Archive for the ‘Green Home’ Category

Conserving water is a simple way to contribute to the resolution of a complex ecological issue.  A general estimate is that the average American uses 100 gallons of water per day, including showers, hand washing, dishes, toilet usage, laundry, etc..  This equates to roughly 3,000 gallons a month.  Extrapolate those numbers out to community, state, and national levels, and you can see where even reducing household water usage levels by 2 – 3 percent a year (or 2 – 3 gallons a day) could have a significant cumulative impact on water conservation efforts.  Not to mention if you conserve water you also lower water bills.

The bathroom and kitchen are two areas of the house with the greatest water consumption.  Some common bathroom and kitchen water efficiency efforts simply include being aware of running water and modifying your behavior accordingly.  Upgrading to more efficient equipment and implementing water flow controls is also an option.

For example, leaving the water run while you brush your teeth (or shave) can quickly add to your monthly usage.  Consider that the average bathroom tap runs at 2 gallons a minute, leaving the tap run while you brush your teeth (assuming brush time at one minute, two times a day) could equate to an excess of 4 gallons of water used per day (or 120 gallons per month).  Along this same line, shortening your showers by a just a minute or two can shave gallons off your water usage.  Choosing showers over filling the bathtub also provides another option to conserve.  As for the kitchen, if you are washing dishes by hand, fill the sink or a bowl with water, rather than washing dishes with the tap continuously running.

Another large water hog is the toilet.  Upgrading to a newer, more efficient toilet is an effective option.  Some older toilets can use between 4 – 7 gallons of water per flush, where as the more efficient, low flow toilets use on average 1.5 gallons of water per flush.  While replacing equipment may not be an option, identifying and fixing your toilet for leaks is another way to potentially save water and money.  A common and inexpensive test involves putting dye in the tank, waiting roughly 30 minutes, and then checking the bowl for dye – if dye has leaked into the bowl without flushing, you have a leak that is wasting water and costing you money.  Check your seals if you’re a do-it-yourself-er, or bring in a plumber to take a look.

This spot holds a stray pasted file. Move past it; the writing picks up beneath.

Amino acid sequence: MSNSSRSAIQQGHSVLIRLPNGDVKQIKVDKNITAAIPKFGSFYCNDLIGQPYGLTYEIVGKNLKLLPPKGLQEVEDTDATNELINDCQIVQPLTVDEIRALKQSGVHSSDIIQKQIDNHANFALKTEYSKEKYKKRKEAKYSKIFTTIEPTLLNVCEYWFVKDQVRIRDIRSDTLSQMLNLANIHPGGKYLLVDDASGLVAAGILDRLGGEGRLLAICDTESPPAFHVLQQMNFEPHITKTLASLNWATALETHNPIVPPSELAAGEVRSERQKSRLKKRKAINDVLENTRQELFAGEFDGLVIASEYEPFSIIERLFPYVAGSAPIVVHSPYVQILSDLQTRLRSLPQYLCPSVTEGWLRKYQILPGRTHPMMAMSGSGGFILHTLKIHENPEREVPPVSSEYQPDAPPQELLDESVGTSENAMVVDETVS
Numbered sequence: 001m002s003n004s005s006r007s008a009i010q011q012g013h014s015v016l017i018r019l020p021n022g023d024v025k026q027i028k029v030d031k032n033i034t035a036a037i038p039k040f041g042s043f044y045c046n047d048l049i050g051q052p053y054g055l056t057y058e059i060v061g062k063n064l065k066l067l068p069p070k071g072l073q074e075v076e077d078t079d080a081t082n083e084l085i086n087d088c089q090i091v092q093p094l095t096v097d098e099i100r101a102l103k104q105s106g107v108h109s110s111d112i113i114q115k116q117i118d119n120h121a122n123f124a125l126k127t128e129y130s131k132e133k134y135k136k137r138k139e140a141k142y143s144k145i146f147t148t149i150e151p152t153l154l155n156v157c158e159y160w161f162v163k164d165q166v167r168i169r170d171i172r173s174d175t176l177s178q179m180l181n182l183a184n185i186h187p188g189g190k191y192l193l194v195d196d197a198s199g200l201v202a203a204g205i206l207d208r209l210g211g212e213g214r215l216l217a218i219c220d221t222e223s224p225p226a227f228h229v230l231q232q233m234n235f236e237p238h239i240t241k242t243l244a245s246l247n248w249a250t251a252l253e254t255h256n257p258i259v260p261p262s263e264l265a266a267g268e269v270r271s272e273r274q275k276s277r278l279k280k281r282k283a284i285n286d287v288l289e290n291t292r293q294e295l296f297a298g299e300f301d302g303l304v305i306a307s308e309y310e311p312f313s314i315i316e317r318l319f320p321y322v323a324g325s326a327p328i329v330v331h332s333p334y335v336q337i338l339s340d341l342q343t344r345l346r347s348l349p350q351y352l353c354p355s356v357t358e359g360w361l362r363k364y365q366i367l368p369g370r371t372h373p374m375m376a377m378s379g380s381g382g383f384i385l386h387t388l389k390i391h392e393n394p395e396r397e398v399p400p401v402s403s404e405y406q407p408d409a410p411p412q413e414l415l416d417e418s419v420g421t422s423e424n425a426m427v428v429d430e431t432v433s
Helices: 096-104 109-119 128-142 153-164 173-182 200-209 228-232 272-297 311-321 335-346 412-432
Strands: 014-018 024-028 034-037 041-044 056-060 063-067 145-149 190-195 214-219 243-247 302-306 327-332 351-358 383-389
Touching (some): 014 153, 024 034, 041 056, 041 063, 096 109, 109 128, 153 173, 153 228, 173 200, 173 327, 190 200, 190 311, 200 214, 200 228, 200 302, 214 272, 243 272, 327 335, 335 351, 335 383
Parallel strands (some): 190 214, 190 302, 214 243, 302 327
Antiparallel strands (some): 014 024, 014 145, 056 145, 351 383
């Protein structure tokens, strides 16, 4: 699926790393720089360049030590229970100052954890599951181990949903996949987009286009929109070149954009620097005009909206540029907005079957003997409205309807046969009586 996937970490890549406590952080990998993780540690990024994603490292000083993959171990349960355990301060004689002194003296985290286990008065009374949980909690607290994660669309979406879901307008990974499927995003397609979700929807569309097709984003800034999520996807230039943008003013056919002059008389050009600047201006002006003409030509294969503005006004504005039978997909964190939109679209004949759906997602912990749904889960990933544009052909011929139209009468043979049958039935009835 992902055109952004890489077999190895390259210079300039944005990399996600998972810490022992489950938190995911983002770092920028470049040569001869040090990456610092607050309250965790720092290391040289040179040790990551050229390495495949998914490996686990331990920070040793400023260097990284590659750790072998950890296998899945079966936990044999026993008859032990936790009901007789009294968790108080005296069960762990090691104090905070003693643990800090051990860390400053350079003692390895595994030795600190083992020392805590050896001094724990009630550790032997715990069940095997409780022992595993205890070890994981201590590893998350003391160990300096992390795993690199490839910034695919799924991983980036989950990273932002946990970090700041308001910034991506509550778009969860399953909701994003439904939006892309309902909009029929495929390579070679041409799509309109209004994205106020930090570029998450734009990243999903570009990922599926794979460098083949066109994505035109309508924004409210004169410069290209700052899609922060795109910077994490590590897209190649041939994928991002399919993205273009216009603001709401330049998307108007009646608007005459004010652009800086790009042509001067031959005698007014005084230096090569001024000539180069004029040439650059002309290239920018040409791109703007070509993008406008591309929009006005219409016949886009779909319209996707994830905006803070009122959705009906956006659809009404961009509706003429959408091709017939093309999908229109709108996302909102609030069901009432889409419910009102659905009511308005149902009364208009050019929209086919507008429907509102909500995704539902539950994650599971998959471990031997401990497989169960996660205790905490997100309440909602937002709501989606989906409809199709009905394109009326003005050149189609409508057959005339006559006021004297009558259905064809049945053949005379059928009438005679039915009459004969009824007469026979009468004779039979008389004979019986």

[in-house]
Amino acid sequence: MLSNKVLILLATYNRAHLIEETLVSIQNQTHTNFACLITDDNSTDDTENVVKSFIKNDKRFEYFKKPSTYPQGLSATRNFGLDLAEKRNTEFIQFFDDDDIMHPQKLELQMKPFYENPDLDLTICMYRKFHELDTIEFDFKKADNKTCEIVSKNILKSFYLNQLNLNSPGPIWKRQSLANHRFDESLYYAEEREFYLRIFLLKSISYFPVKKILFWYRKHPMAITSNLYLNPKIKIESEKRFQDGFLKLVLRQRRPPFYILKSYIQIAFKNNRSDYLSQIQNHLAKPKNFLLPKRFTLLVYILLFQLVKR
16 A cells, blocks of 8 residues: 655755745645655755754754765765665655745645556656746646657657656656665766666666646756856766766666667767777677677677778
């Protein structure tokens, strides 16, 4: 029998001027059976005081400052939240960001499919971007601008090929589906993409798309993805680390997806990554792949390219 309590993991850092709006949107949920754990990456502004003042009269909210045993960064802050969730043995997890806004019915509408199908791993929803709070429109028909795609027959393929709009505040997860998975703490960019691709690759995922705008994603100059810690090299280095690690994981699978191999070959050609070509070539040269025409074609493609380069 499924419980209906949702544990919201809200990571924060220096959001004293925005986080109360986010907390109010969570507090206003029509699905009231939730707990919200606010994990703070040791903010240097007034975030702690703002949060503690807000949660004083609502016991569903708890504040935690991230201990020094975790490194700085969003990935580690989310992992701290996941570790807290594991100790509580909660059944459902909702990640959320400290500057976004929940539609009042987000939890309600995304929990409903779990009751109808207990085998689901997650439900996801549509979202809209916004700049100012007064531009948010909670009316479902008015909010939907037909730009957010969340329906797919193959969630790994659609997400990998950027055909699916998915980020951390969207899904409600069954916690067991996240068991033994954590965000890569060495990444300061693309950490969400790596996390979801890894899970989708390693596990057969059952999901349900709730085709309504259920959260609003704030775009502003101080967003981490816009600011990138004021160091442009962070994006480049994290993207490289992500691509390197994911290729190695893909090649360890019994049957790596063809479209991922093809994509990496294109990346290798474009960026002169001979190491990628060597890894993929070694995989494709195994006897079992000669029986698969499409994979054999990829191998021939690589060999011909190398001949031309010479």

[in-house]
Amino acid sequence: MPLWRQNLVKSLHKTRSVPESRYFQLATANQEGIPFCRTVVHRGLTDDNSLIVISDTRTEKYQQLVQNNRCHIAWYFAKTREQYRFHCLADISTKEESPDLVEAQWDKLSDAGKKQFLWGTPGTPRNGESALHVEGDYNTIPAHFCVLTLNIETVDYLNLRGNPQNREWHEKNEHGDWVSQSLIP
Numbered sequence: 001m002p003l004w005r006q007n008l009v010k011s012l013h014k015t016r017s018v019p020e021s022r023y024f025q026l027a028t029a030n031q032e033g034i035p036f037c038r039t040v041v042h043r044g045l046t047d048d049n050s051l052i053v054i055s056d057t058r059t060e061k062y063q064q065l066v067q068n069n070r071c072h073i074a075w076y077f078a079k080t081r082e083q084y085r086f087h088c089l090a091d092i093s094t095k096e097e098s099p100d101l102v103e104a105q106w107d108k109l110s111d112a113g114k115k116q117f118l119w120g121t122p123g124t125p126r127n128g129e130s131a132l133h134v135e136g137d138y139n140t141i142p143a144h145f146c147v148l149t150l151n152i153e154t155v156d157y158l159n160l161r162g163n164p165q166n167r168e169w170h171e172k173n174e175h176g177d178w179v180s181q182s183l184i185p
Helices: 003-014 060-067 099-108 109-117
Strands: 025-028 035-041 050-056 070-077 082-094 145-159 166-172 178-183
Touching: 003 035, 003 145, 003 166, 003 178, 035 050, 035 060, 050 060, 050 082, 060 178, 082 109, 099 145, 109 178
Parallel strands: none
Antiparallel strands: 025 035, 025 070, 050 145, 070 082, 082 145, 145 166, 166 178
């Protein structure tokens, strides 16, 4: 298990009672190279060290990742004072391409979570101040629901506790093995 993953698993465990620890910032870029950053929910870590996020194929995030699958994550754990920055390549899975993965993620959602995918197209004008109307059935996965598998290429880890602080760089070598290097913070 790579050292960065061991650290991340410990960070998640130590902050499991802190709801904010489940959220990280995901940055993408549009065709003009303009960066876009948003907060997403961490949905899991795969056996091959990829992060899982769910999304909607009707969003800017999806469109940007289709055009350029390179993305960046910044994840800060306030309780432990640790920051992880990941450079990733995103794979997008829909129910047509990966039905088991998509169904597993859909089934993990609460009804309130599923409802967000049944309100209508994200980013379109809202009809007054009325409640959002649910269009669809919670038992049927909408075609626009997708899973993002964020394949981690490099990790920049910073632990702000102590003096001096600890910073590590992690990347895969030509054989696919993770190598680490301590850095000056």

For both the bathroom and the kitchen, installing a low-flow faucet shower head and/or low-flow faucet aerators provides a relatively simple and inexpensive means to conserve water.  High efficiency dish-washers and laundry machines also provide a great opportunity.  While these upgrades are more capital intensive, you can realize significant water (and utility) savings over the long haul.  A high-efficiency dish washer also means less pre-washing or rinsing of dishes up front.  Also, minimizing garbage disposal usage helps to reduce water consumption.  For regular tips on ways to conserve water – visit Water Use it Wisely or 25 tips on water conservation at

As a final note, if you are thinking of upgrading to more efficient, water-wise equipment, you should check with your local water utility as some offer discounts or rebates on high efficiency equipment.

What’s your best tip to conserve water?

Production of energy management systems that monitor your residential or business energy use is ramping up to become more accessible and more user friendly – this trend is only expected to continue as utilities conduct pilot programs and early adopters continue to lead the way in demonstrating the benefits of energy management gadgets.

Think of older thermostat models.  Their basic functionality was to adjust the temperature – up or down.  You could easily leave the house or fall asleep with the heat blazing or air conditioning blasting needlessly, for hours on end.  Newer thermostat technology allows for programming, tracking of energy usage, remote functionality, and adjustments based on weather or even adapting to your schedule.

Now think of an energy monitor that displays your real-time energy usage.  If you had a gadget that provided a snap-shot of how much energy your house was using and how that related to your peak usage and utility rates, you would be much more aware of energy usage and more likely to turn off unused lights or appliances or adjust the thermostat accordingly.  The main idea behind using an energy management system in your home is the awareness and readily accessible real-time data it provides and the impact that has on your behavior.